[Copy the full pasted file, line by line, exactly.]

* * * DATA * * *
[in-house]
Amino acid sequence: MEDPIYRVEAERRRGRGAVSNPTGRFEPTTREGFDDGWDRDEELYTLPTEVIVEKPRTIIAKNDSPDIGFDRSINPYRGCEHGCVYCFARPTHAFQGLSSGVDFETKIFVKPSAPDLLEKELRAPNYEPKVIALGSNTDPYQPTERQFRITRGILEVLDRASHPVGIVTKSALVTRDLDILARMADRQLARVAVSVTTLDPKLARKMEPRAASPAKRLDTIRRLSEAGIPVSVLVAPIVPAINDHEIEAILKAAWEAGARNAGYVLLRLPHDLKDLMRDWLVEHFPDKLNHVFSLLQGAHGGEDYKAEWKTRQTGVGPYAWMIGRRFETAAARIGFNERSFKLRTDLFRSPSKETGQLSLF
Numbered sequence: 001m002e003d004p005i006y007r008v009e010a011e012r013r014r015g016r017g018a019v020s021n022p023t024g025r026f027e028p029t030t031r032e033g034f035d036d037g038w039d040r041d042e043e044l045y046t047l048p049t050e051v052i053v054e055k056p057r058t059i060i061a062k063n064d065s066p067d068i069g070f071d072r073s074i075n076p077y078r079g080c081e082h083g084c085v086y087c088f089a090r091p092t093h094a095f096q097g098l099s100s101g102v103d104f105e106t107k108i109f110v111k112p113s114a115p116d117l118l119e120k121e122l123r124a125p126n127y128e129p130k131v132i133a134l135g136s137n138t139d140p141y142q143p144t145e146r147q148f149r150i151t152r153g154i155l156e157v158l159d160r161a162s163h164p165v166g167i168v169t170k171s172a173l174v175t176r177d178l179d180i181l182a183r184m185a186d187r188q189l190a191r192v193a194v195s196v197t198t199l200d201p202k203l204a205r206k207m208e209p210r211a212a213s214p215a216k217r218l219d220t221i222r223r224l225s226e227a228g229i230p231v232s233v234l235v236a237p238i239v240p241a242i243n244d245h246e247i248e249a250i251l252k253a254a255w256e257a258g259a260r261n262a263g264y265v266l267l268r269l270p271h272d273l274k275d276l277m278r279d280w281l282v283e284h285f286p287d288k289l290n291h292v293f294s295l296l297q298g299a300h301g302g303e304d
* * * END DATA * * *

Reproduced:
[in-house]
Amino acid sequence: MEDPIYRVEAERRRGRGAVSNPTGRFEPTTREGFDDGWDRDEELYTLPTEVIVEKPRTIIAKNDSPDIGFDRSINPYRGCEHGCVYCFARPTHAFQGLSSGVDFETKIFVKPSAPDLLEKELRAPNYEPKVIALGSNTDPYQPTERQFRITRGILEVLDRASHPVGIVTKSALVTRDLDILARMADRQLARVAVSVTTLDPKLARKMEPRAASPAKRLDTIRRLSEAGIPVSVLVAPIVPAINDHEIEAILKAAWEAGARNAGYVLLRLPHDLKDLMRDWLVEHFPDKLNHVFSLLQGAHGGEDYKAEWKTRQTGVGPYAWMIGRRFETAAARIGFNERSFKLRTDLFRSPSKETGQLSLF
Numbered sequence: 001m002e003d004p005i006y007r008v009e010a011e012r013r014r015g016r017g018a019v020s021n022p023t024g025r026f027e028p029t030t031r032e033g034f035d036d037g038w039d040r041d042e043e044l045y046t047l048p049t050e051v052i053v054e055k056p057r058t059i060i061a062k063n064d065s066p067d068i069g070f071d072r073s074i075n076p077y078r079g080c081e082h083g084c085v086y087c088f089a090r091p092t093h094a095f096q097g098l099s100s101g102v103d104f105e106t107k108i109f110v111k112p113s114a115p116d117l118l119e120k121e122l123r124a125p126n127y128e129p130k131v132i133a134l135g136s137n138t139d140p141y142q143p144t145e146r147q148f149r150i151t152r153g154i155l156e157v158l159d160r161a162s163h164p165v166g167i168v169t170k171s172a173l174v175t176r177d178l179d180i181l182a183r184m185a186d187r188q189l190a191r192v193a194v195s196v197t198t199l200d201p202k203l204a205r206k207m208e209p210r211a212a213s214p215a216k217r218l219d220t221i222r223r224l225s226e227a228g229i230p231v232s233v234l235v236a237p238i239v240p241a242i243n244d245h246e247i248e249a250i251l252k253a254a255w256e257a258g259a260r261n262a263g264y265v266l267l268r269l270p271h272d273l274k275d276l277m278r279d280w281l282v283e284h285f286p287d288k289l290n291h292v293f294s295l296l297q298g299a300h301g302g303e304d